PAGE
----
It is important that allocation is random and not systematic otherwise bias in the groups may be introduced.
Crossover trial: A RCT for which individuals are randomized to have the different treatments (or placebo and treatment) in random order (as opposed to different groups of individuals having the two treatments, or treatment and placebo).
The design is only practical if the treatment is ongoing (for example, not a surgical procedure) and the underlying disease state is fairly stable. In addition, there should be no likelihood of treatment in the first period 'carrying-over' into the second, and this may be reduced, if necessary, by introducing a 'wash-out' period.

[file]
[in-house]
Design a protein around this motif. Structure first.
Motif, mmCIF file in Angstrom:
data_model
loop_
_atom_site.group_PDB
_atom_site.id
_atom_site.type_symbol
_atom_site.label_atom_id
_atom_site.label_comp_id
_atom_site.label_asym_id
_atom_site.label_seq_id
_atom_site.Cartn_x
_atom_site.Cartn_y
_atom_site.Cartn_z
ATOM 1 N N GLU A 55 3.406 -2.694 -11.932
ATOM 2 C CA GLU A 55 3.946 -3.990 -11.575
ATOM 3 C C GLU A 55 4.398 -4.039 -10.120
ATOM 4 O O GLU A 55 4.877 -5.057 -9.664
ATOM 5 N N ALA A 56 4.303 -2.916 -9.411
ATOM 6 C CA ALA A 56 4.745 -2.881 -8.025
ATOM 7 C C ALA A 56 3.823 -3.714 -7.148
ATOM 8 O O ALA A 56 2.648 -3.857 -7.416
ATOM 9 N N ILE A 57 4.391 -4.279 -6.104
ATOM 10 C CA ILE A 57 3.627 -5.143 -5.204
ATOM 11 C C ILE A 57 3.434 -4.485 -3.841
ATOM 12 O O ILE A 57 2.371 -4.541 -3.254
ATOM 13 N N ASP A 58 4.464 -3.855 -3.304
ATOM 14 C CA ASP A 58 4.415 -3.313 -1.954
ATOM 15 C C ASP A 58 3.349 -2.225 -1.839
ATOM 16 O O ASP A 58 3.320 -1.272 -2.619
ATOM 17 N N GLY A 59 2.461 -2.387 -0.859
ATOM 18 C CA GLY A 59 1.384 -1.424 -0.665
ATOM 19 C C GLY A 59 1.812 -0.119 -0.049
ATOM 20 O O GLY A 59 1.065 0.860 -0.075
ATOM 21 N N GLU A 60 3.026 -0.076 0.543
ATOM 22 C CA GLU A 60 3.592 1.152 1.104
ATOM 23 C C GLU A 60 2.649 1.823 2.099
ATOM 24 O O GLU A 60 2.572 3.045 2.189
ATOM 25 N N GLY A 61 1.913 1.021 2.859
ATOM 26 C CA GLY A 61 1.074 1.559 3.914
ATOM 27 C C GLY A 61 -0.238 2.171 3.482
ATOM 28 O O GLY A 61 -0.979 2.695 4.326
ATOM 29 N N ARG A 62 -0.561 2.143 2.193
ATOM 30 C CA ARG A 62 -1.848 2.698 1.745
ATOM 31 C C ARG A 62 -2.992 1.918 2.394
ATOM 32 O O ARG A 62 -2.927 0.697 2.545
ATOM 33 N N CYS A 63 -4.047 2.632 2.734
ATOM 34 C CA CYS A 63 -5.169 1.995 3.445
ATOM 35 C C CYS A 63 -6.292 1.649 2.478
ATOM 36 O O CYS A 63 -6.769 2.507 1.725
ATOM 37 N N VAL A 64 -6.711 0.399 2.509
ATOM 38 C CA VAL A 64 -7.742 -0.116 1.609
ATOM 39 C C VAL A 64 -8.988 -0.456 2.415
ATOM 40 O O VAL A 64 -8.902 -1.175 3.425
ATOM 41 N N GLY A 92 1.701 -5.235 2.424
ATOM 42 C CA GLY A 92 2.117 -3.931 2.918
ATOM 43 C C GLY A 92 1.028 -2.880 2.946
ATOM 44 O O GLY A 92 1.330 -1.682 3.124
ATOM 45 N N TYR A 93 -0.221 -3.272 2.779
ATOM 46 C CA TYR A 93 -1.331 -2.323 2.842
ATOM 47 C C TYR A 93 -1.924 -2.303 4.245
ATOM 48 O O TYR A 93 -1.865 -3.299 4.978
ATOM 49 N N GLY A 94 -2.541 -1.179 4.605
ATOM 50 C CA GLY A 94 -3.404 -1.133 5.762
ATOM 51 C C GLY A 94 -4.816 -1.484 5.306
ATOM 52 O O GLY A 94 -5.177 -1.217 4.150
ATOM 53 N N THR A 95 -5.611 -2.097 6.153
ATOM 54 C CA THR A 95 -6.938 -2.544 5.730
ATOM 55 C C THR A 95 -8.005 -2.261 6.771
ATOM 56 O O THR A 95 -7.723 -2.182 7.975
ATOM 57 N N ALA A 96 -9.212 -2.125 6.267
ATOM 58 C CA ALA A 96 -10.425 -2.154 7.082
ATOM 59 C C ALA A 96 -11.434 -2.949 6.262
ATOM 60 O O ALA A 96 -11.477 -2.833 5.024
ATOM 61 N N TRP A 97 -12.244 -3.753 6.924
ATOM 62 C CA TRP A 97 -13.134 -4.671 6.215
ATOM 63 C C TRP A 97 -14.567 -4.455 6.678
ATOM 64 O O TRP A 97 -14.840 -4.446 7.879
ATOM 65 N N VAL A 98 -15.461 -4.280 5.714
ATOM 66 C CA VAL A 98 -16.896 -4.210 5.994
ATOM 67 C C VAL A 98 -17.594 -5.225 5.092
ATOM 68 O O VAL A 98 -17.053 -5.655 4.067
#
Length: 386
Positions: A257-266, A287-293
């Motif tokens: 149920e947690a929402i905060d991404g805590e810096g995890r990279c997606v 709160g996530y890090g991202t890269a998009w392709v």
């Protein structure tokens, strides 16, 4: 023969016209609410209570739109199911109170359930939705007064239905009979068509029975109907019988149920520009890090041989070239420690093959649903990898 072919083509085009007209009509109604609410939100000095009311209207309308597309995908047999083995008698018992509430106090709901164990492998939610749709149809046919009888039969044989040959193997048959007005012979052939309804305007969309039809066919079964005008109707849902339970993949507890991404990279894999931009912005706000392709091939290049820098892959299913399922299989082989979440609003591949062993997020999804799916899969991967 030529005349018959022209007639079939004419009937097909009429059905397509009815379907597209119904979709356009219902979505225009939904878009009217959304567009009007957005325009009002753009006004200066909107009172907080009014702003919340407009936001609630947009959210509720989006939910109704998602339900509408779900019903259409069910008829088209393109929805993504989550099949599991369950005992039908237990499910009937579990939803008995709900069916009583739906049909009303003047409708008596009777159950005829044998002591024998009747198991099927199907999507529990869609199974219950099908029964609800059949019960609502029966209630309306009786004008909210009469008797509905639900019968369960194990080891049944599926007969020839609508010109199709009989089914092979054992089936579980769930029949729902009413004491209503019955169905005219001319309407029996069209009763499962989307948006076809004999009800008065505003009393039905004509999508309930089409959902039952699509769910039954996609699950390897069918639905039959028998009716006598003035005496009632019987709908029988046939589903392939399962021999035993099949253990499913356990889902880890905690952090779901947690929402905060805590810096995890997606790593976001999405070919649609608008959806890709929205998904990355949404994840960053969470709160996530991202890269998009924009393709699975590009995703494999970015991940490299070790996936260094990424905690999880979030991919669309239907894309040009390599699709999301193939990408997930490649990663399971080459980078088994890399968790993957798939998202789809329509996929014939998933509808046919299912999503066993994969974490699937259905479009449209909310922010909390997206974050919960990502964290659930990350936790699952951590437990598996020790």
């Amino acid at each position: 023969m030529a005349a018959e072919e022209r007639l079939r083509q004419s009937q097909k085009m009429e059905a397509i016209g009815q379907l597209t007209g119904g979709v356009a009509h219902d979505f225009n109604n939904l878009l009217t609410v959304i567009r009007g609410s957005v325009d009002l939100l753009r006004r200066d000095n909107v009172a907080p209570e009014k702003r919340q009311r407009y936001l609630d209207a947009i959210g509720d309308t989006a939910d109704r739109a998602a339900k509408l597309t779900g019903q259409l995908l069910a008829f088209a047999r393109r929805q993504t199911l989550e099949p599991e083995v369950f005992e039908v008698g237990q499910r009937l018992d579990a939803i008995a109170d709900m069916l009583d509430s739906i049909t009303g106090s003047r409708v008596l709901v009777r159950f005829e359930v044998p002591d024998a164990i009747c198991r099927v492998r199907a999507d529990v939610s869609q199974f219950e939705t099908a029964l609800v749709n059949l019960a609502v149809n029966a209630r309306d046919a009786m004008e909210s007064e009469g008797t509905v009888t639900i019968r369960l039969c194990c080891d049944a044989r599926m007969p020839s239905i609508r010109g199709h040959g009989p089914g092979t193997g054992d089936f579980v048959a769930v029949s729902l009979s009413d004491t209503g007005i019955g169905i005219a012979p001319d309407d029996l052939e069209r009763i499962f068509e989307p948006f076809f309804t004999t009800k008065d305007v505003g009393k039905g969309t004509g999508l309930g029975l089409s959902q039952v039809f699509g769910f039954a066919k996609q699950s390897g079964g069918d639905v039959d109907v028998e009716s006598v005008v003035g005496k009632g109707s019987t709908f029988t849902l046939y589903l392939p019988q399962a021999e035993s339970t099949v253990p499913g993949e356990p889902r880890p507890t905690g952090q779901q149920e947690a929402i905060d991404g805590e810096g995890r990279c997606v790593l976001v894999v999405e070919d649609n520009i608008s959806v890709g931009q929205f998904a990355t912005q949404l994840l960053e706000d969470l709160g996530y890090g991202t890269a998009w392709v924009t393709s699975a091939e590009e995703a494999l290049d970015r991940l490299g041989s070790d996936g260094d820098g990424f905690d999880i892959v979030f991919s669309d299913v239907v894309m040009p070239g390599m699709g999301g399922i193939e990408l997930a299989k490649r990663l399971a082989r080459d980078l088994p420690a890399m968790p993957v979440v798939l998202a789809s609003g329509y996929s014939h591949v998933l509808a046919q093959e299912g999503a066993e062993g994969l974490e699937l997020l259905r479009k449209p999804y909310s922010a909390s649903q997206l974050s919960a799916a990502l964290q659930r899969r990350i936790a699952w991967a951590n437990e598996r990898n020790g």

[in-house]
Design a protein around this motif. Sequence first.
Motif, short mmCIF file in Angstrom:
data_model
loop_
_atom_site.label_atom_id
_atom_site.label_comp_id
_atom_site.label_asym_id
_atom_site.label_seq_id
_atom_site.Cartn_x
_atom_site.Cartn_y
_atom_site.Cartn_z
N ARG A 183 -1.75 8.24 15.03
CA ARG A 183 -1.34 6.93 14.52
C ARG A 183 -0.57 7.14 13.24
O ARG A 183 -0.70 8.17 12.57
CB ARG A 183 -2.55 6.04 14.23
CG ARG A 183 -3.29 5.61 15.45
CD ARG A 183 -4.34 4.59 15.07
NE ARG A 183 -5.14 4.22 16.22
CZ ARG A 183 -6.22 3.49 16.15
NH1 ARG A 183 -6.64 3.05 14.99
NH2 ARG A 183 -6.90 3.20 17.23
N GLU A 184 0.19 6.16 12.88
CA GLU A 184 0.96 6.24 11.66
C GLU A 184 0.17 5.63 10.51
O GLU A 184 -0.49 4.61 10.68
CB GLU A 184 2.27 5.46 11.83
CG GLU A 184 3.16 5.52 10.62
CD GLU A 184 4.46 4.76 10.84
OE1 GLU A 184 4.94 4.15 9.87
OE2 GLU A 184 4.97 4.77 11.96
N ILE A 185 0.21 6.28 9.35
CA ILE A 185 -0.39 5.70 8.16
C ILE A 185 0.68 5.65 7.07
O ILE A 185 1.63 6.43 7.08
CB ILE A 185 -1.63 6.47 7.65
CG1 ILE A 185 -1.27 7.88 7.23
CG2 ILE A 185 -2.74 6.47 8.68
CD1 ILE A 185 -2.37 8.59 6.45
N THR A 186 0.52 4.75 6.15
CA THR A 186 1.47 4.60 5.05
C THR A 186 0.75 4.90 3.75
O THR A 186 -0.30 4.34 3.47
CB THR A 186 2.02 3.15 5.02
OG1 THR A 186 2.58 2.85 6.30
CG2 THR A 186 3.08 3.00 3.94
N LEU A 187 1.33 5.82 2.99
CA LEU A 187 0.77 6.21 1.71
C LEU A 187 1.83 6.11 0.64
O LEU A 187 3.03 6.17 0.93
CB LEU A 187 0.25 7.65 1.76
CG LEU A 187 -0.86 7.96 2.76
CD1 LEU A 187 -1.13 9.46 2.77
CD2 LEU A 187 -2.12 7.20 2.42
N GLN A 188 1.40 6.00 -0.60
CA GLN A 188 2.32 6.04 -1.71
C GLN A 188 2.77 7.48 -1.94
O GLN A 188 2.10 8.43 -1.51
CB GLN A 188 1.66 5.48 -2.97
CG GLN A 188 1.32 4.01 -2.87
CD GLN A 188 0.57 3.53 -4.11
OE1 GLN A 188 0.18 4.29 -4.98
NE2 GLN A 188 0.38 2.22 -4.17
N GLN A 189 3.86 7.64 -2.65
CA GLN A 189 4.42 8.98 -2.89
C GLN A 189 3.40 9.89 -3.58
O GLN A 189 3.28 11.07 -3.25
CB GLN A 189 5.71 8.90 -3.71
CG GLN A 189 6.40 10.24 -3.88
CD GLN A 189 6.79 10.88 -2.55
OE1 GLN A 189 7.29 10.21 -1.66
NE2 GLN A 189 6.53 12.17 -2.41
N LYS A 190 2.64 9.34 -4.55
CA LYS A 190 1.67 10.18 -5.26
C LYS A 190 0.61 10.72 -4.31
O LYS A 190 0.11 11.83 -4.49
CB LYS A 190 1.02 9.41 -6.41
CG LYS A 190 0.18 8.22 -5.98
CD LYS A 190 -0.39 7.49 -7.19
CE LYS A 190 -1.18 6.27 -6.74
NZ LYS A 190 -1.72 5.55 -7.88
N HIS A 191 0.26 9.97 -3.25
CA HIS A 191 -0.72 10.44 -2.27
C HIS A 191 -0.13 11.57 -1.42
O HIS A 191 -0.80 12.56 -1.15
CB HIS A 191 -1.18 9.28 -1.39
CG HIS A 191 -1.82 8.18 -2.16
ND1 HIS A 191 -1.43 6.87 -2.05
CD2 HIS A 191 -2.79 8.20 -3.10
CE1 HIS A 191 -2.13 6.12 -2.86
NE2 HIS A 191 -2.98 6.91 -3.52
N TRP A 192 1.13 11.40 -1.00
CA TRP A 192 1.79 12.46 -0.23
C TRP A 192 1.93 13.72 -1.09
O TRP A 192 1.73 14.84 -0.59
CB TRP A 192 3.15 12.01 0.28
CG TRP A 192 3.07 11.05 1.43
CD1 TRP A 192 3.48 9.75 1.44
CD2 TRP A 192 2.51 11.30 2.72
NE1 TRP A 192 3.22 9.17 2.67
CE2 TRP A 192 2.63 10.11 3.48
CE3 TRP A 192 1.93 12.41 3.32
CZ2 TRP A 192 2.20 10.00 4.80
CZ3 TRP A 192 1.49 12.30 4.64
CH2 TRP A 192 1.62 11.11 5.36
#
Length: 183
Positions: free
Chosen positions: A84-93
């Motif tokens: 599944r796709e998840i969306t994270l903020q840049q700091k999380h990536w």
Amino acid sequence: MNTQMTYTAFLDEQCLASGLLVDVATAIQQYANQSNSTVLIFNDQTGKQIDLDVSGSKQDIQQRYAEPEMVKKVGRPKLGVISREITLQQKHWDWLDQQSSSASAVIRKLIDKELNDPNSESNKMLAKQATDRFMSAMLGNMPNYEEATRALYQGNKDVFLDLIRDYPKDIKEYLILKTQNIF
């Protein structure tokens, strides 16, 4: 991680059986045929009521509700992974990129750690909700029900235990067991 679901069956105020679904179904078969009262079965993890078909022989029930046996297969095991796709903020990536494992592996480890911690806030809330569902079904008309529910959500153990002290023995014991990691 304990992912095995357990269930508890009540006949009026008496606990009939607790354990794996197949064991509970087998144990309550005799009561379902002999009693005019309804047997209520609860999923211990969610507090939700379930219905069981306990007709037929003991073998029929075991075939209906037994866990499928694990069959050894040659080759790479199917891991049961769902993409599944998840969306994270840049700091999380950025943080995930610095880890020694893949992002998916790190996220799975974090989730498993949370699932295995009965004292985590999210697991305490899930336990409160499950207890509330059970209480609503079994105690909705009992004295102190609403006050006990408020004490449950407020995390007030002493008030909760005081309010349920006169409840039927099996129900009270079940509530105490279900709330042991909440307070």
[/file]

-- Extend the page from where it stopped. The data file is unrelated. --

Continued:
Crossover trials may be very efficient, since there is less chance of hidden confounding factors. The difference in outcome between the period on treatment and the period as a comparison should be calculated for each individual and these differences used in the analysis, which should also examine for period and carry-over effects.
Occasionally, different treatments or interventions can be simultaneously tested and evaluated on the same individual. This will be even more efficient than a crossover trial. The design is appropriate when the treatment or intervention is for eyes, legs, arms, kidneys etc. (that is, anything of which an individual has at least 2), and the treatments/interventions will not interact. The units (eyes, kidneys, etc.) should be randomly allocated to groups. For example, if all left eyes were assigned to treatment 1 and all right eyes to treatment 2, then the allocation would be systematic and not random.
- Removal of Confounding